Khayelitsha Special School learners stranded
Learners at Khayelitsha Special School in Cape Town have been missing out on their education since the school reopened after the recent holiday because the buses they take to get to school are all broken.
Parents are outraged and are urging the Education Department to swiftly intervene to resolve the issue. One parent revealed the challenges they are facing and pleaded for help from the authorities.
“Since the schools were reopened, our children have not been able to attend. We wake up early in the morning and prepare our kids for school, but the buses never arrive.”
Parents who pay R200 for the transport service asked the school principal what was happening, but according to them, the principal has not shown any regard for their concerns.
“The principal doesn’t respect us. She has never addressed our concerns, even after visiting the school to get answers,” a frustrated parent lamented.
Zingiswa Gabela, a 45-year-old parent, said many parents have had to take unpaid leave to care for their children.
“We don’t have the financial means to hire people to look after our kids, so we are forced to stay at home. We need help because the principal doesn’t seem to care about our grievances,” Gabela said.
Parents say they recently learned from one of the drivers that the buses are unroadworthy, exacerbating the crisis.
“We were shocked to hear that the buses have expired discs, their brakes are not working, and there has been no communication about why our kids are not being picked up,” said Gabela.
The lack of transparency and accountability has left parents bewildered and frustrated. “The principal should’ve told us the truth from the beginning instead of keeping us in the dark,” Gabela said.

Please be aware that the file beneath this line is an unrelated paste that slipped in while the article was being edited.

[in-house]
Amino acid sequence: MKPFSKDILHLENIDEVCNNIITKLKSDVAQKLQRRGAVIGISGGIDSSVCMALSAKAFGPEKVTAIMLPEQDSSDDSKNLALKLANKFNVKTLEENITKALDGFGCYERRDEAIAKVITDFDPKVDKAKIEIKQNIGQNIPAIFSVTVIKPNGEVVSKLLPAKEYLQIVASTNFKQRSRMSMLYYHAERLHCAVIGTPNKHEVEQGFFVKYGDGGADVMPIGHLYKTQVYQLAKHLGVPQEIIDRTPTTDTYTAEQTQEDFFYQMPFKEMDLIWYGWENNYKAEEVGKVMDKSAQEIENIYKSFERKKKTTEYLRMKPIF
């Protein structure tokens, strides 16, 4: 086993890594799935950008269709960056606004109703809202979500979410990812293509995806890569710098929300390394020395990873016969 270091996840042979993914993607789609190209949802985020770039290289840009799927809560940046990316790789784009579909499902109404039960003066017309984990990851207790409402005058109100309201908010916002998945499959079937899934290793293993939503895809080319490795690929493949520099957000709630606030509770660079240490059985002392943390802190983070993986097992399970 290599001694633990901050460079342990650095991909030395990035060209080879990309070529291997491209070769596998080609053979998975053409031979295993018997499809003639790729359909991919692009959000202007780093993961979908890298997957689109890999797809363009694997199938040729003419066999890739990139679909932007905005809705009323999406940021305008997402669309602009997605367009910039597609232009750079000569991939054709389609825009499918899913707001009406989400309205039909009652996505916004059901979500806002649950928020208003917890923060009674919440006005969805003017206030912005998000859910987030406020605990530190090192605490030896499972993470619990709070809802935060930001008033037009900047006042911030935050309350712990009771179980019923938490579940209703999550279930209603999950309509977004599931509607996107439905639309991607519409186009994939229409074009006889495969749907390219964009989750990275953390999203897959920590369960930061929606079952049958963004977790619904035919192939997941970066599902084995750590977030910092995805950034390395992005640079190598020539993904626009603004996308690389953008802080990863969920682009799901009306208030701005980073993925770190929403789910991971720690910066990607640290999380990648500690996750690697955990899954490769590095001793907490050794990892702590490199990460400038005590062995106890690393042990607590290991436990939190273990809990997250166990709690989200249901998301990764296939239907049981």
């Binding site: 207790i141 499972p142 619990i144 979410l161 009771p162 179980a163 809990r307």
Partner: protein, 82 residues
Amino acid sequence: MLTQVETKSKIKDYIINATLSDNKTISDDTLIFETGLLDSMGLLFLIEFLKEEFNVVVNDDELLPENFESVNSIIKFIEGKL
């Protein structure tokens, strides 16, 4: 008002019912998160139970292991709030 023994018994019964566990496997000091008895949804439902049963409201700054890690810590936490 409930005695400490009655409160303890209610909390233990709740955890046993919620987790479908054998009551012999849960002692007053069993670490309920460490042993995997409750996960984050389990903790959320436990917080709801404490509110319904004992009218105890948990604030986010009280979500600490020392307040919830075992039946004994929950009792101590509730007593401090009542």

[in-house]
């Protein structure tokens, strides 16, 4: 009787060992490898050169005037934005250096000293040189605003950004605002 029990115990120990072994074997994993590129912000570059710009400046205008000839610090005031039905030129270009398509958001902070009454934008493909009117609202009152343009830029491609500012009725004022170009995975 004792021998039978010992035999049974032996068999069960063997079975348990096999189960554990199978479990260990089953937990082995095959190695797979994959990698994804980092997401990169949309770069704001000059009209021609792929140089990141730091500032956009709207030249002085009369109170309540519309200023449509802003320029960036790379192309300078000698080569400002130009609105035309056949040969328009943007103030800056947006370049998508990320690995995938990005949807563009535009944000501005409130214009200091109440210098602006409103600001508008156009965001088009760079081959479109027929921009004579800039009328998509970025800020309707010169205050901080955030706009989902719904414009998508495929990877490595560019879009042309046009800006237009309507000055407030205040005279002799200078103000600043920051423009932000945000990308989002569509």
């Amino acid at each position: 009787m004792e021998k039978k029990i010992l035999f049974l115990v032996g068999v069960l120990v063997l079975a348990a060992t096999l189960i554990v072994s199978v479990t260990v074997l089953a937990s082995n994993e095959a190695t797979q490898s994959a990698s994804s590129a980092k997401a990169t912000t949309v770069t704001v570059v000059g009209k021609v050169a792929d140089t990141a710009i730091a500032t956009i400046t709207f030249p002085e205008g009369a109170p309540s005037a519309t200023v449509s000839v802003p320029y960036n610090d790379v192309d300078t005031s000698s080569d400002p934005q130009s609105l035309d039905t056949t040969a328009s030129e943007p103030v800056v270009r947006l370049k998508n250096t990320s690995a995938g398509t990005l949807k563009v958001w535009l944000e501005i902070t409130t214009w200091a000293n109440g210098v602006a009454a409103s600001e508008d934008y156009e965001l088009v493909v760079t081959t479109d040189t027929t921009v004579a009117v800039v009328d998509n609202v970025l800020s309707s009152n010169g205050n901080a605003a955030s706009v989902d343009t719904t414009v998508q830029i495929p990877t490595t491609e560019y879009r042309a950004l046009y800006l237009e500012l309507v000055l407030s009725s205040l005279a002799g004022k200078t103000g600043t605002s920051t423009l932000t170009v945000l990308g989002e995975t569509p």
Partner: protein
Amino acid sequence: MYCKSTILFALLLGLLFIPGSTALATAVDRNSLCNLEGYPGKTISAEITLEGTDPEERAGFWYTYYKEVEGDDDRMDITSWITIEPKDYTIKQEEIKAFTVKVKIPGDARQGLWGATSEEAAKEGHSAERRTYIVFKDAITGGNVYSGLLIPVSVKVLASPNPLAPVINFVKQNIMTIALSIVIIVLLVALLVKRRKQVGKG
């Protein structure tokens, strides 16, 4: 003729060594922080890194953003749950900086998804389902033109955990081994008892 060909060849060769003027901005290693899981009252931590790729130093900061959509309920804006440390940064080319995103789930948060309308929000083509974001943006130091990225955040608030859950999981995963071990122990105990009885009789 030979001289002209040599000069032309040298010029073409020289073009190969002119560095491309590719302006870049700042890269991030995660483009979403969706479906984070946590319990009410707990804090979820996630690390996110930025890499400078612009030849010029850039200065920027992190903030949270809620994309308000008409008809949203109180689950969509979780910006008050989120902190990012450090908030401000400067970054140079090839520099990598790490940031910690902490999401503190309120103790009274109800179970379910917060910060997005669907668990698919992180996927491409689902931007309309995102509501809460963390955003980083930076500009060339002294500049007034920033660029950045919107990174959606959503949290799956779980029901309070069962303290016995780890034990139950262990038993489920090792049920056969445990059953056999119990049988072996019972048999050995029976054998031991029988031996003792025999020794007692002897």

Western Cape Education Department spokesperson Bronagh Hammond, said the department has supplied the school with buses and provided funding for maintenance, fuel and drivers.
She said the main issue is that of drivers’ salaries.
“The drivers requested a 50% increase last week, and since they are employed by the School Governing Body, they have asked to be employed by the department,” said Hammond.
In addition to the salary concerns, there have been growing worries about the safety of the buses.
“The district informed the head office that the vehicles were sent for testing and an assessment was carried out in June which revealed that management of the vehicles needs to be improved. Checklists have been put in place to enhance accountability and fleet management,” Hammond explained.
But the plight of the Khayelitsha Special School learners continues, with parents seeking answers to ensure their children’s education is not further disrupted.
Pictured above: Khayelitsha Special School learners haven’t been transported to school because of unroadworthy buses, and parents want the Education Department to intervene.
Image Credit: Buziwe Nocuze